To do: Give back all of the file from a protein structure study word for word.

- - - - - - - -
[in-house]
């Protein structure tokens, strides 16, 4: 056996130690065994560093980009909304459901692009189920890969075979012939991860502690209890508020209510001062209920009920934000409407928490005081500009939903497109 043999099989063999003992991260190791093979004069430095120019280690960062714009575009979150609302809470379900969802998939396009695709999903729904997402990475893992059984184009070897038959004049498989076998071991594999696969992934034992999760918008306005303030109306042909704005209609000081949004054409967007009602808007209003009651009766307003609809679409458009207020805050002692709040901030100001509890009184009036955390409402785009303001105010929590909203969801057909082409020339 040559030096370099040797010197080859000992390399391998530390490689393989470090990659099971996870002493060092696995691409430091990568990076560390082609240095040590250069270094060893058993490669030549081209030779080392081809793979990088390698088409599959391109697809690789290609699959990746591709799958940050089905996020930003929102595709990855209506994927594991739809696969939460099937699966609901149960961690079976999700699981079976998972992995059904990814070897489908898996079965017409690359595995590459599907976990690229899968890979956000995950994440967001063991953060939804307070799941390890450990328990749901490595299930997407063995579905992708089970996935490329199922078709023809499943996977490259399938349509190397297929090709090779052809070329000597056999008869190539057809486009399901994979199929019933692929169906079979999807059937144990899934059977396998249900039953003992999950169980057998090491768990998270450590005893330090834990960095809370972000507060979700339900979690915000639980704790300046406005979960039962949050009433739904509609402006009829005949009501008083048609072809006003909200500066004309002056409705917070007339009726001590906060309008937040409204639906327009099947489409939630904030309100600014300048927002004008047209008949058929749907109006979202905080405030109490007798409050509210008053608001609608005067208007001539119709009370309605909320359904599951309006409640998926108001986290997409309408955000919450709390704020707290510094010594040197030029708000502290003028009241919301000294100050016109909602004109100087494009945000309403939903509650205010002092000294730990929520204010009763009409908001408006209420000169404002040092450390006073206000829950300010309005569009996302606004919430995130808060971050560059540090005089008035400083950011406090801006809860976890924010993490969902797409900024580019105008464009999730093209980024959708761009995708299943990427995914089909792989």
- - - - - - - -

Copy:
[in-house]
């Protein structure tokens, strides 16, 4: 056996130690065994560093980009909304459901692009189920890969075979012939991860502690209890508020209510001062209920009920934000409407928490005081500009939903497109 043999099989063999003992991260190791093979004069430095120019280690960062714009575009979150609302809470379900969802998939396009695709999903729904997402990475893992059984184009070897038959004049498989076998071991594999696969992934034992999760918008306005303030109306042909704005209609000081949004054409967007009602808007209003009651009766307003609809679409458009207020805050002692709040901030100001509890009184009036955390409402785009303001105010929590909203969801057909082409020339 040559030096370099040797010197080859000992390399391998530390490689393989470090990659099971996870002493060092696995691409430091990568990076560390082609240095040590250069270094060893058993490669030549081209030779080392081809793979990088390698088409599959391109697809690789290609699959990746591709799958940050089905996020930003929102595709990855209506994927594991739809696969939460099937699966609901149960961690079976999700699981079976998972992995059904990814070897489908898996079965017409690359595995590459599907976990690229899968890979956000995950994440967001063991953060939804307070799941390890450990328990749901490595299930997407063995579905992708089970996935490329199922078709023809499943996977490259399938349509190397297929090709090779052809070329000597056999008869190539057809486009399901994979199929019933692929169906079979999807059937144990899934059977396998249900039953003992999950169980057998090491768990998270450590005893330090834990960095809370972000507060979700339900979690915000639980704790300046406005979960039962949050009433739904509609402006009829005949009501008083048609072809006003909200500066004309002056409705917070007339009726001590906060309008937040409204639906327009099947489409939630904030309100600014300048927002004008047209008949058929749907109006979202905080405030109490007798409050509210008053608001609608005067208007001539119709009370309605909320359904599951309006409640998926108001986290997409309408955000919450709390704020707290510094010594040197030029708000502290003028009241919301000294100050016109909602004109100087494009945000309403939903509650205010002092000294730990929520204010009763009409908001408006209420000169404002040092450390006073206000829950300010309005569009996302606004919430995130808060971050560059540090005089008035400083950011406090801006809860976890924010993490969902797409900024580019105008464009999730093209980024959708761009995708299943990427995914089909792989």